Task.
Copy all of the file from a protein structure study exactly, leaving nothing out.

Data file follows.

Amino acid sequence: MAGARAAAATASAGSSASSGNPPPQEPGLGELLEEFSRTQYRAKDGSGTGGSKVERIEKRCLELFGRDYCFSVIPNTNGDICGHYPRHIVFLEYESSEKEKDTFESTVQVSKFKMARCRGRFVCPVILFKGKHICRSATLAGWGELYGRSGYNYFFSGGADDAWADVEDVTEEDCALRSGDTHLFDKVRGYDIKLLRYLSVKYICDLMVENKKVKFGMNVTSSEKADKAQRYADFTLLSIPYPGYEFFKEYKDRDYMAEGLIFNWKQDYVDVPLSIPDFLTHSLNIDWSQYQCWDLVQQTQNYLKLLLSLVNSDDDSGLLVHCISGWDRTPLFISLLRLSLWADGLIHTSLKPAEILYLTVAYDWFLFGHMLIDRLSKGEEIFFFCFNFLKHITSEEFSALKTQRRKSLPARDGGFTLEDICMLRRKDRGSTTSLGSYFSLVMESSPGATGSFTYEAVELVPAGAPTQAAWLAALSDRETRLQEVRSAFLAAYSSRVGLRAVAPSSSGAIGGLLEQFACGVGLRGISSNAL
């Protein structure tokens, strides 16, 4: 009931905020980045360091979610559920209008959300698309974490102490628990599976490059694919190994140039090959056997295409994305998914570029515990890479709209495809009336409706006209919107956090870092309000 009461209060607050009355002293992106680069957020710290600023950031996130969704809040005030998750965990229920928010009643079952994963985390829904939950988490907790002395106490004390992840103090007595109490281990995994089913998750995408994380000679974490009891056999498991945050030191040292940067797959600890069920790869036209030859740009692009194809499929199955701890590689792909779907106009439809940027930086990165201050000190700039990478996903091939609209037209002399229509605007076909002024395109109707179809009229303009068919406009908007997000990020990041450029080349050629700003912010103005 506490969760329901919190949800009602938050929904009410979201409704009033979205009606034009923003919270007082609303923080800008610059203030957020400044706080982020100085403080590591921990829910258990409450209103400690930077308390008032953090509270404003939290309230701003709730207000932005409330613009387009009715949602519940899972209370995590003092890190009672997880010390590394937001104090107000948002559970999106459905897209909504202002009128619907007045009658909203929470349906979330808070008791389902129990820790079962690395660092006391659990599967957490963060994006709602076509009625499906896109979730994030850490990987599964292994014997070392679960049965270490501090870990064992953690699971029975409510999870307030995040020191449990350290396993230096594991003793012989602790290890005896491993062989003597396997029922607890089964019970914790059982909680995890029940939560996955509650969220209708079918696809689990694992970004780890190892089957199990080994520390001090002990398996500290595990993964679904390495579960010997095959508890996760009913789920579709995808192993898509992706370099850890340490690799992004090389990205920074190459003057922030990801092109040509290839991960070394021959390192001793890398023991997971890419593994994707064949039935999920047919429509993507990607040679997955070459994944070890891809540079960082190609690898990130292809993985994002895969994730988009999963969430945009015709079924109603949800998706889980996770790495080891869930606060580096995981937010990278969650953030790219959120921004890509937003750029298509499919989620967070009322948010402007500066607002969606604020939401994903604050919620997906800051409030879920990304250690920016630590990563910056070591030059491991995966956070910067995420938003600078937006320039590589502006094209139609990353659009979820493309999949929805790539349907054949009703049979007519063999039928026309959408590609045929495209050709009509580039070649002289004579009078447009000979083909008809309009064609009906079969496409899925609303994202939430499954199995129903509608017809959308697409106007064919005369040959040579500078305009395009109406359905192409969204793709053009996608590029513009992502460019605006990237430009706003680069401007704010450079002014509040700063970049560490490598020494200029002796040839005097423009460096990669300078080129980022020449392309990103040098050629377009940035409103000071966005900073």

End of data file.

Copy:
Amino acid sequence: MAGARAAAATASAGSSASSGNPPPQEPGLGELLEEFSRTQYRAKDGSGTGGSKVERIEKRCLELFGRDYCFSVIPNTNGDICGHYPRHIVFLEYESSEKEKDTFESTVQVSKFKMARCRGRFVCPVILFKGKHICRSATLAGWGELYGRSGYNYFFSGGADDAWADVEDVTEEDCALRSGDTHLFDKVRGYDIKLLRYLSVKYICDLMVENKKVKFGMNVTSSEKADKAQRYADFTLLSIPYPGYEFFKEYKDRDYMAEGLIFNWKQDYVDVPLSIPDFLTHSLNIDWSQYQCWDLVQQTQNYLKLLLSLVNSDDDSGLLVHCISGWDRTPLFISLLRLSLWADGLIHTSLKPAEILYLTVAYDWFLFGHMLIDRLSKGEEIFFFCFNFLKHITSEEFSALKTQRRKSLPARDGGFTLEDICMLRRKDRGSTTSLGSYFSLVMESSPGATGSFTYEAVELVPAGAPTQAAWLAALSDRETRLQEVRSAFLAAYSSRVGLRAVAPSSSGAIGGLLEQFACGVGLRGISSNAL
């Protein structure tokens, strides 16, 4: 009931905020980045360091979610559920209008959300698309974490102490628990599976490059694919190994140039090959056997295409994305998914570029515990890479709209495809009336409706006209919107956090870092309000 009461209060607050009355002293992106680069957020710290600023950031996130969704809040005030998750965990229920928010009643079952994963985390829904939950988490907790002395106490004390992840103090007595109490281990995994089913998750995408994380000679974490009891056999498991945050030191040292940067797959600890069920790869036209030859740009692009194809499929199955701890590689792909779907106009439809940027930086990165201050000190700039990478996903091939609209037209002399229509605007076909002024395109109707179809009229303009068919406009908007997000990020990041450029080349050629700003912010103005 506490969760329901919190949800009602938050929904009410979201409704009033979205009606034009923003919270007082609303923080800008610059203030957020400044706080982020100085403080590591921990829910258990409450209103400690930077308390008032953090509270404003939290309230701003709730207000932005409330613009387009009715949602519940899972209370995590003092890190009672997880010390590394937001104090107000948002559970999106459905897209909504202002009128619907007045009658909203929470349906979330808070008791389902129990820790079962690395660092006391659990599967957490963060994006709602076509009625499906896109979730994030850490990987599964292994014997070392679960049965270490501090870990064992953690699971029975409510999870307030995040020191449990350290396993230096594991003793012989602790290890005896491993062989003597396997029922607890089964019970914790059982909680995890029940939560996955509650969220209708079918696809689990694992970004780890190892089957199990080994520390001090002990398996500290595990993964679904390495579960010997095959508890996760009913789920579709995808192993898509992706370099850890340490690799992004090389990205920074190459003057922030990801092109040509290839991960070394021959390192001793890398023991997971890419593994994707064949039935999920047919429509993507990607040679997955070459994944070890891809540079960082190609690898990130292809993985994002895969994730988009999963969430945009015709079924109603949800998706889980996770790495080891869930606060580096995981937010990278969650953030790219959120921004890509937003750029298509499919989620967070009322948010402007500066607002969606604020939401994903604050919620997906800051409030879920990304250690920016630590990563910056070591030059491991995966956070910067995420938003600078937006320039590589502006094209139609990353659009979820493309999949929805790539349907054949009703049979007519063999039928026309959408590609045929495209050709009509580039070649002289004579009078447009000979083909008809309009064609009906079969496409899925609303994202939430499954199995129903509608017809959308697409106007064919005369040959040579500078305009395009109406359905192409969204793709053009996608590029513009992502460019605006990237430009706003680069401007704010450079002014509040700063970049560490490598020494200029002796040839005097423009460096990669300078080129980022020449392309990103040098050629377009940035409103000071966005900073």